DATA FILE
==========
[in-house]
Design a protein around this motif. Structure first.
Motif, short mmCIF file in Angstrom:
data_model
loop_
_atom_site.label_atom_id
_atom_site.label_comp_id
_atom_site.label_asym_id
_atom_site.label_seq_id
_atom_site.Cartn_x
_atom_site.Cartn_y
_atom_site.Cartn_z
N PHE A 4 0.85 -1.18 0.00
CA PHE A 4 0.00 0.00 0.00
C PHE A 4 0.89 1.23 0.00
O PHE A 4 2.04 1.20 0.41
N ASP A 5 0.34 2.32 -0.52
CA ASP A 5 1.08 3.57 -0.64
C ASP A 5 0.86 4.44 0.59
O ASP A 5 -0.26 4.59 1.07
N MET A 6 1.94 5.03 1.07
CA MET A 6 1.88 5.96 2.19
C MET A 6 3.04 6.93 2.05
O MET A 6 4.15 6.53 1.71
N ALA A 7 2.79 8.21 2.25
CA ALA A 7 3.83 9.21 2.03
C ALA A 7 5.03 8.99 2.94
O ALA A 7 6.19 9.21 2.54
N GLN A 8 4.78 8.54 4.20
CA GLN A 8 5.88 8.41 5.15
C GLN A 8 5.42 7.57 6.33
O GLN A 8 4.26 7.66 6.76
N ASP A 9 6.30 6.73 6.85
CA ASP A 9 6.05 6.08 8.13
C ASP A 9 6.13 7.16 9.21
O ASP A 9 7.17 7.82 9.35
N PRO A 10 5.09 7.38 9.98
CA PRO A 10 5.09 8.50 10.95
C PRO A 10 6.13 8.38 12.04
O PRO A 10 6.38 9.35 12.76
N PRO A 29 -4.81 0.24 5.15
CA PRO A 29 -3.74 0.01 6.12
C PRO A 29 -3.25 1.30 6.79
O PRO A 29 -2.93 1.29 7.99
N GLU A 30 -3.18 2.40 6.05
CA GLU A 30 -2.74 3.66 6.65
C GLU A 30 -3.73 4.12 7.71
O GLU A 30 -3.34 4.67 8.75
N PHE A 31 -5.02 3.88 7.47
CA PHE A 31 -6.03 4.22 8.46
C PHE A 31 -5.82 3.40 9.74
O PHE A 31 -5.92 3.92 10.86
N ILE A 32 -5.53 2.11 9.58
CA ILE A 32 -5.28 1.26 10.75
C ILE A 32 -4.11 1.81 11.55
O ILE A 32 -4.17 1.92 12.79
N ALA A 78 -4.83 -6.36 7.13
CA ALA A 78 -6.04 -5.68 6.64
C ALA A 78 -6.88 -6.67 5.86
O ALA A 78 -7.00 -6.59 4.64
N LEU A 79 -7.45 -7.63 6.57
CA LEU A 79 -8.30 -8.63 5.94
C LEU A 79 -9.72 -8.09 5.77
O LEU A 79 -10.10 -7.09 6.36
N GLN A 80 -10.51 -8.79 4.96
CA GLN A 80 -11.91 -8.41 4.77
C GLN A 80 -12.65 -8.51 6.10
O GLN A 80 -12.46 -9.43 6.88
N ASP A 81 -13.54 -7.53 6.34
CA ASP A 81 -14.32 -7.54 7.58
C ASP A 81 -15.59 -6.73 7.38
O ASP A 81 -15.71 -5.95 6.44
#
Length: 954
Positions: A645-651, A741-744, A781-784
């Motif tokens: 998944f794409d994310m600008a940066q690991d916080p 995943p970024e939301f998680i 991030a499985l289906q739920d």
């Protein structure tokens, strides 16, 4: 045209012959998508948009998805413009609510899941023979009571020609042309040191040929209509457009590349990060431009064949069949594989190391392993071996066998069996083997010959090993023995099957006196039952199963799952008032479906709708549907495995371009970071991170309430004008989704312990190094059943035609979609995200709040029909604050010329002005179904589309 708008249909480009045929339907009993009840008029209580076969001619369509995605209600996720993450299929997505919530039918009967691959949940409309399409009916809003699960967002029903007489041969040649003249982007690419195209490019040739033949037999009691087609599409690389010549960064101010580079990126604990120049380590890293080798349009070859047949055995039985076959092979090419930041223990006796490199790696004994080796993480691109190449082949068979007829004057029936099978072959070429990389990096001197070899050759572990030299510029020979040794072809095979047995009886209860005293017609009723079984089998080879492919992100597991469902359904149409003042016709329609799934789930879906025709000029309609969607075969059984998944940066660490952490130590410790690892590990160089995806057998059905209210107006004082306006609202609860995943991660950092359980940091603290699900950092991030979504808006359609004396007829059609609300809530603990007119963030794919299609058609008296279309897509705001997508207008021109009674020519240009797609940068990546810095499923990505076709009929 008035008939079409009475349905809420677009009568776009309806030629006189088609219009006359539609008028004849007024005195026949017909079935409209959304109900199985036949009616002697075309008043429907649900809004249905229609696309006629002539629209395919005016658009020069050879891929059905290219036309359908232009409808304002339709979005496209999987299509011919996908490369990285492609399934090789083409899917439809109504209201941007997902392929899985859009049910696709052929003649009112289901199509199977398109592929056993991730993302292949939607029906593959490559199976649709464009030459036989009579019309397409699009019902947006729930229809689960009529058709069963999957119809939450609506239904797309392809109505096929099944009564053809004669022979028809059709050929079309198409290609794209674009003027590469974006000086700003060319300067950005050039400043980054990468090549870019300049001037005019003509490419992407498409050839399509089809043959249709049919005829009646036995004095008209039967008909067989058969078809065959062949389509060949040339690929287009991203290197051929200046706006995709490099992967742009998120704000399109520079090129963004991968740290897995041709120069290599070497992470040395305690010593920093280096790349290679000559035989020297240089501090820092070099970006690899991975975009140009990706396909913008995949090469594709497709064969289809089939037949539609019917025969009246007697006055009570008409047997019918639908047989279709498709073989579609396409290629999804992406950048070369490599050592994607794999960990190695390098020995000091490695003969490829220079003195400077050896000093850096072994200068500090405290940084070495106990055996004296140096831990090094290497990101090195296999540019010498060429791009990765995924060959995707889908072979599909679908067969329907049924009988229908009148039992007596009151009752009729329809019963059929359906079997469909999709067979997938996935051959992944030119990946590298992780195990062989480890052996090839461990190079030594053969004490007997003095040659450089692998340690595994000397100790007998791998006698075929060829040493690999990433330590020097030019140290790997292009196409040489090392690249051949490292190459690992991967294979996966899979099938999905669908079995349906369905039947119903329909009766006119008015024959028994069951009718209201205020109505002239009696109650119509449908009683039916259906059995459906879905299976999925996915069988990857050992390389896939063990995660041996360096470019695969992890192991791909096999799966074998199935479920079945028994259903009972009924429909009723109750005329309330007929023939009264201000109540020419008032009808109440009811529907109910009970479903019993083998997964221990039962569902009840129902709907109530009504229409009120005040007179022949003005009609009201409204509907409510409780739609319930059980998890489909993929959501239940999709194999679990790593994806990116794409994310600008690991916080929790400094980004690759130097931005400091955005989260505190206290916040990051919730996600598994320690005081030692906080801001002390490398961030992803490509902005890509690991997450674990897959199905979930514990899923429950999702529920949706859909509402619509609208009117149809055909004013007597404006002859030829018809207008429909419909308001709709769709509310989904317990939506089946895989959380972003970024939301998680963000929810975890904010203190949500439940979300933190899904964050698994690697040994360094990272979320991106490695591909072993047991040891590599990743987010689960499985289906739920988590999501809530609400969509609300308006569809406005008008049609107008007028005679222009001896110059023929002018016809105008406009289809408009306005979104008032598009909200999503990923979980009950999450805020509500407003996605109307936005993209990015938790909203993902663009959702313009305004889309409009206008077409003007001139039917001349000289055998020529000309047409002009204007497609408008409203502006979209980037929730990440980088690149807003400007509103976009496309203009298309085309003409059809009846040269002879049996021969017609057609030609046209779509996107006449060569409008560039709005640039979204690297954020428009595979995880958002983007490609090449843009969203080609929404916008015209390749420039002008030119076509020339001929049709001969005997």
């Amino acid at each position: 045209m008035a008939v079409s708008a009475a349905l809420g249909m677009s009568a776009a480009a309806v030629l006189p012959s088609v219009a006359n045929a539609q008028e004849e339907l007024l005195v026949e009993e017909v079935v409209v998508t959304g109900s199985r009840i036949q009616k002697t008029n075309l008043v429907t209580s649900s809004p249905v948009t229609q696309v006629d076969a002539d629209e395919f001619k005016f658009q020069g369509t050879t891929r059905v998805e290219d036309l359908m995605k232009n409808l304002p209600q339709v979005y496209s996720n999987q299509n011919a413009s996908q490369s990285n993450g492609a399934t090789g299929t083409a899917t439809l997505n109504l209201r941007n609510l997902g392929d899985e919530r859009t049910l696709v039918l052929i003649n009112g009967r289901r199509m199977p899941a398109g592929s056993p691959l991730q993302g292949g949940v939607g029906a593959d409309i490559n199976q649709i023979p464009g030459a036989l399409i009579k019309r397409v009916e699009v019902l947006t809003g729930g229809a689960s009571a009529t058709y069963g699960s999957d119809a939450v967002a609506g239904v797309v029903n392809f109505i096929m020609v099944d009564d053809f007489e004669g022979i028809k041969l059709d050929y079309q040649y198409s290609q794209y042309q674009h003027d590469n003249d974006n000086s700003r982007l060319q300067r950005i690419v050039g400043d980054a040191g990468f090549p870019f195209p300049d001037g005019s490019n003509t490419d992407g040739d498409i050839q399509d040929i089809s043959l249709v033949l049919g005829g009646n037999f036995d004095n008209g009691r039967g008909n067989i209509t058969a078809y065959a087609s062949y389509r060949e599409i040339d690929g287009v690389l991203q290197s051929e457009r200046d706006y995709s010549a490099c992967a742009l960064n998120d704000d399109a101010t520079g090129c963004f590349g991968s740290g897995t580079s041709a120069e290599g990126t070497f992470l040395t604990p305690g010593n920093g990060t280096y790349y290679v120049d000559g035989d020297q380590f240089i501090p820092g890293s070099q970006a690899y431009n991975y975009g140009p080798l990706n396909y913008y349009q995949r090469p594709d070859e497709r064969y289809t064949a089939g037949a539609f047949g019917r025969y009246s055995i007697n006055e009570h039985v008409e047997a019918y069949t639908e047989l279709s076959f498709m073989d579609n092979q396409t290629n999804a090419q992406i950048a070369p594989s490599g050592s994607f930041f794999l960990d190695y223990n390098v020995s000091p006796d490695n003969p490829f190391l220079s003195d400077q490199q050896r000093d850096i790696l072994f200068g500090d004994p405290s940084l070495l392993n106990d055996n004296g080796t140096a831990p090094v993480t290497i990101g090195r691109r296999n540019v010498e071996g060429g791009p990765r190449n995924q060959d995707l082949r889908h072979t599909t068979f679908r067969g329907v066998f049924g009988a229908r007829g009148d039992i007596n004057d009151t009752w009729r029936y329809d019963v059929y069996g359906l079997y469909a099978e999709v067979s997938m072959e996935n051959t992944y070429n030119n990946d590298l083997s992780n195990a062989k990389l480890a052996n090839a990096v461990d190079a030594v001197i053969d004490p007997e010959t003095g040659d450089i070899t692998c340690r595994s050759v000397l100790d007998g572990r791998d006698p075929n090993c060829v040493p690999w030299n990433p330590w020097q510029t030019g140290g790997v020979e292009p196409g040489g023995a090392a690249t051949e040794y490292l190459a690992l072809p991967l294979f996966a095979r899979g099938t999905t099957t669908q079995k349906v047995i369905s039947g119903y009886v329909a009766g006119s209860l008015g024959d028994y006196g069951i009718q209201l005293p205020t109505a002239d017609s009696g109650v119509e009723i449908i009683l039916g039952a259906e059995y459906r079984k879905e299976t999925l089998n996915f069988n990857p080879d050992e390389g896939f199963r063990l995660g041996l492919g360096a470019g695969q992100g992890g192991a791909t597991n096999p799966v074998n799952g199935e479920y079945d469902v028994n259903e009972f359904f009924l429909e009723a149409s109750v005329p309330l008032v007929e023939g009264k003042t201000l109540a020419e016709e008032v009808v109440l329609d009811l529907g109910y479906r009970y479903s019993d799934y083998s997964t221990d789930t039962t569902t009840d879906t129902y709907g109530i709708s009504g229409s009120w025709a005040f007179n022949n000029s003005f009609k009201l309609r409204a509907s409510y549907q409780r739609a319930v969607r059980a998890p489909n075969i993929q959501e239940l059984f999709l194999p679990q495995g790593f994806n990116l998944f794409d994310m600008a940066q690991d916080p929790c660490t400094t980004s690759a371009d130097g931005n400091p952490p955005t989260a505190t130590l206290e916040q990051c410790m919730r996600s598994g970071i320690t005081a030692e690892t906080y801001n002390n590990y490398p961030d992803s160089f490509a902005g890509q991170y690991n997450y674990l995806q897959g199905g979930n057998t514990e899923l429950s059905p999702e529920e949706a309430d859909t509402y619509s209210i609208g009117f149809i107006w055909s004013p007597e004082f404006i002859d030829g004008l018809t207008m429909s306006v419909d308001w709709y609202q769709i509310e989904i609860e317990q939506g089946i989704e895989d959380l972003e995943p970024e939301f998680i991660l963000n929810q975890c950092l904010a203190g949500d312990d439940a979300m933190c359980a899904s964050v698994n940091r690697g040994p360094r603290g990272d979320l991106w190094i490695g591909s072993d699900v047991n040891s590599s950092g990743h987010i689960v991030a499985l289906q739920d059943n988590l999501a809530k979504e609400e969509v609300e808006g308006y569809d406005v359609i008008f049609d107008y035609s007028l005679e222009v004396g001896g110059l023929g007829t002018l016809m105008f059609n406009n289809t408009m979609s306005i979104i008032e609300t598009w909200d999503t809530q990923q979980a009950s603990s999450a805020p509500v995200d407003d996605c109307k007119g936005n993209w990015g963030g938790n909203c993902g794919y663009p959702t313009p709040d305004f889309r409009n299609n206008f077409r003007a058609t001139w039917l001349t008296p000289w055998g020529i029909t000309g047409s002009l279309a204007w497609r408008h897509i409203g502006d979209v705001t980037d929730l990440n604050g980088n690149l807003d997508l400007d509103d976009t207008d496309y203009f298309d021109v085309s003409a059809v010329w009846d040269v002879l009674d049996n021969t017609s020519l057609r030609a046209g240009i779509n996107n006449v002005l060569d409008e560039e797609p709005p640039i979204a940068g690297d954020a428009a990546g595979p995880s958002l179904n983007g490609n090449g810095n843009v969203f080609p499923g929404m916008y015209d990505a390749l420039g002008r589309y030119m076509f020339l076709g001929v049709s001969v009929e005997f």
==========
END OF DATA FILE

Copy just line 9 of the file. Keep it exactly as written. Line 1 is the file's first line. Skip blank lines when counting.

_atom_site.label_seq_id